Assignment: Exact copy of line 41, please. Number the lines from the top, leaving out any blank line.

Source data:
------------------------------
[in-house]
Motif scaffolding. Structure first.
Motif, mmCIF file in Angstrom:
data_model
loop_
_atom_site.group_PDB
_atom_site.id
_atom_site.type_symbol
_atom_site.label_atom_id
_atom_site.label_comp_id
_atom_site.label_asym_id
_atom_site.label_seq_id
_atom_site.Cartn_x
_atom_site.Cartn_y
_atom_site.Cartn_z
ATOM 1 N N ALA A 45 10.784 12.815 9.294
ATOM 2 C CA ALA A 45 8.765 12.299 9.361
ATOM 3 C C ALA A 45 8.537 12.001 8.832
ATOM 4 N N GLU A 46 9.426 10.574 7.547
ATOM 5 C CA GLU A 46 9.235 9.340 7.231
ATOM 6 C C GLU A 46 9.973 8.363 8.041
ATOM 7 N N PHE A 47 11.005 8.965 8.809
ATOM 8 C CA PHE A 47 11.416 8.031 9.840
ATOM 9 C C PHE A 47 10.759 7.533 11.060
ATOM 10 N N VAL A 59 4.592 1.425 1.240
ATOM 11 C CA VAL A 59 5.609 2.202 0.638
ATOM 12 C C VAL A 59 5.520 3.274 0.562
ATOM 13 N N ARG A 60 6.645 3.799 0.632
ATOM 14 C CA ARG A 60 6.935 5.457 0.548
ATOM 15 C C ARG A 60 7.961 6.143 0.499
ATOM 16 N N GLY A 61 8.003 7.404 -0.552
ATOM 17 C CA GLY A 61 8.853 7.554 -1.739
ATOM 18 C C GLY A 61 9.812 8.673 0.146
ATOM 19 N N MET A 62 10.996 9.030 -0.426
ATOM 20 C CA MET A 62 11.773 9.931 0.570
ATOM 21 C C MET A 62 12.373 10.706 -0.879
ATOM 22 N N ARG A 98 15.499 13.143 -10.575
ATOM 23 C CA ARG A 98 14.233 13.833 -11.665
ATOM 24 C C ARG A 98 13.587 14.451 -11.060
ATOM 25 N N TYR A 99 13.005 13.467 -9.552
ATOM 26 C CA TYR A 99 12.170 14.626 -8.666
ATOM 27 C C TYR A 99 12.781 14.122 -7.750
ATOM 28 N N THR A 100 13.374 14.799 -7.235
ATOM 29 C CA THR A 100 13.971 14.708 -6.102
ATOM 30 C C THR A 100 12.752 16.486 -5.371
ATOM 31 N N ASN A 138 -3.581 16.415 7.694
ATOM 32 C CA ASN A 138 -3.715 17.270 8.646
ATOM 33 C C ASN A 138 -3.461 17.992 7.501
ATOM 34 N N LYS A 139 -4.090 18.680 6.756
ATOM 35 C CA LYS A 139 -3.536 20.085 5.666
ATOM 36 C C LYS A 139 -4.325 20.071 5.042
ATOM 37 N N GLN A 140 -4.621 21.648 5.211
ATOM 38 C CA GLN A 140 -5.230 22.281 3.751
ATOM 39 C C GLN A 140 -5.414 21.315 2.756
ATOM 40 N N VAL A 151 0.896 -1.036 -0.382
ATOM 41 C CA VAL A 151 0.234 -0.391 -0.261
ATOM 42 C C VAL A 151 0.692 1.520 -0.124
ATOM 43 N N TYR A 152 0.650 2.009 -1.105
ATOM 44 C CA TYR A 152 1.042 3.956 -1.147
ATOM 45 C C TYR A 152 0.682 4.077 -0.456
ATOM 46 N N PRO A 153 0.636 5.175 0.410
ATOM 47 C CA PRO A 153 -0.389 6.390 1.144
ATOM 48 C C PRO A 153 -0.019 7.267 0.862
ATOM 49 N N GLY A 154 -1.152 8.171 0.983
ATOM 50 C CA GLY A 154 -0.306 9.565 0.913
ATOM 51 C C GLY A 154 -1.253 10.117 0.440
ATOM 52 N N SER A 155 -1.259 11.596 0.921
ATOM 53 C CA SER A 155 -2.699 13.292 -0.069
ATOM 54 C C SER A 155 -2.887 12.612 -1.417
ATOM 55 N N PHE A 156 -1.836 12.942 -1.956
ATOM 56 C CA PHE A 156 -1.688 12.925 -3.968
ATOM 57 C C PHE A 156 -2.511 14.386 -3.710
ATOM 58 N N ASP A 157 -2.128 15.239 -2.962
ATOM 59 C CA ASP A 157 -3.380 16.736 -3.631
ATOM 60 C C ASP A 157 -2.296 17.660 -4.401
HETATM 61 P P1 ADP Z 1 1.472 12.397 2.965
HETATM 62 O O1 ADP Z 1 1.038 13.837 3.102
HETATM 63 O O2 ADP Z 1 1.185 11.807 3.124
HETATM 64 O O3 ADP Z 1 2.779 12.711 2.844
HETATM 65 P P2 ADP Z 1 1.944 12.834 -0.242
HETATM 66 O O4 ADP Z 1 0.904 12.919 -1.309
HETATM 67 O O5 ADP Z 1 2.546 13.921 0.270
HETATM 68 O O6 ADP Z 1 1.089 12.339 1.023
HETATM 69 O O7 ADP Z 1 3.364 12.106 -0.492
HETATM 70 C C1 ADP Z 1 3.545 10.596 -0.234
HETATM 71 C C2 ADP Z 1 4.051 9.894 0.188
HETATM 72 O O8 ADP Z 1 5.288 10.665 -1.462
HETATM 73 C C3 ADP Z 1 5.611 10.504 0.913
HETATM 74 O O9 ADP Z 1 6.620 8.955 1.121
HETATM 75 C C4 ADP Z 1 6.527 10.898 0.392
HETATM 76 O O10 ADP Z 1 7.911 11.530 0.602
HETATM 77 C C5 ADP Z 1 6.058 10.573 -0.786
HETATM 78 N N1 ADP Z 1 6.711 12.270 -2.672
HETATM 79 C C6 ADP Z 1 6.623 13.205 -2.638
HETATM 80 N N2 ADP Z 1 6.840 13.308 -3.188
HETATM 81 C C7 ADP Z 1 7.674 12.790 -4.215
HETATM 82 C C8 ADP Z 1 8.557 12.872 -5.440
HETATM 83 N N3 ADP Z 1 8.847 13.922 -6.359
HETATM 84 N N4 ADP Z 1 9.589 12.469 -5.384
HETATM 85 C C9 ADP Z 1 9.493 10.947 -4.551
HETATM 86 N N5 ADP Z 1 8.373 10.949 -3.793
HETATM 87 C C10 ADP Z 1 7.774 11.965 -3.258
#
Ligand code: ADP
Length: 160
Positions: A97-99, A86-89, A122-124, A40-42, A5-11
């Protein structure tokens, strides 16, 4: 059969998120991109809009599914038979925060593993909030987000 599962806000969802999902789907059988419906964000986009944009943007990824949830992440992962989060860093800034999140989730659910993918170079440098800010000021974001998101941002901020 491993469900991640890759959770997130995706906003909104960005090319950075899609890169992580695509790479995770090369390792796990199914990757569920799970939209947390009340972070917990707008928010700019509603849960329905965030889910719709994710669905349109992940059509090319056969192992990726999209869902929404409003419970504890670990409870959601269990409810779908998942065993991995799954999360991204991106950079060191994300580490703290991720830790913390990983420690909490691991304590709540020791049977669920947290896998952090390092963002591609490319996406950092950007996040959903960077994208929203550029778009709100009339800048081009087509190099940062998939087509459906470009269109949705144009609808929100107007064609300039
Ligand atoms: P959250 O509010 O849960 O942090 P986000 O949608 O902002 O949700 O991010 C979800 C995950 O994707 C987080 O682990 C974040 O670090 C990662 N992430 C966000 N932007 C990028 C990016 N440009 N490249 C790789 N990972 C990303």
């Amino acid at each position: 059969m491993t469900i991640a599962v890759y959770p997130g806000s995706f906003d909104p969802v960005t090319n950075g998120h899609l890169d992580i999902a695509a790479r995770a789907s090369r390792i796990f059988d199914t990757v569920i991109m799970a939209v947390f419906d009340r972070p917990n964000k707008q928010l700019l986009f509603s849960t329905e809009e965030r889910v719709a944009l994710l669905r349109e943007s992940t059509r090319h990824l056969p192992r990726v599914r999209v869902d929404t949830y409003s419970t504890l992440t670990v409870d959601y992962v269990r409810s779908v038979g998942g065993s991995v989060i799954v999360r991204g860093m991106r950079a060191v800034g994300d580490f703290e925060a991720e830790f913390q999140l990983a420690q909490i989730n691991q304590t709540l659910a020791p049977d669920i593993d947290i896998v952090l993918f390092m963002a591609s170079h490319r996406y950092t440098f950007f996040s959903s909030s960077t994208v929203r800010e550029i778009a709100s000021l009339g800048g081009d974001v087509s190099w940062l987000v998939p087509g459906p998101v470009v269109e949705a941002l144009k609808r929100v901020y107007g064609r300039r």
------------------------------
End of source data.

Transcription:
ATOM 26 C CA TYR A 99 12.170 14.626 -8.666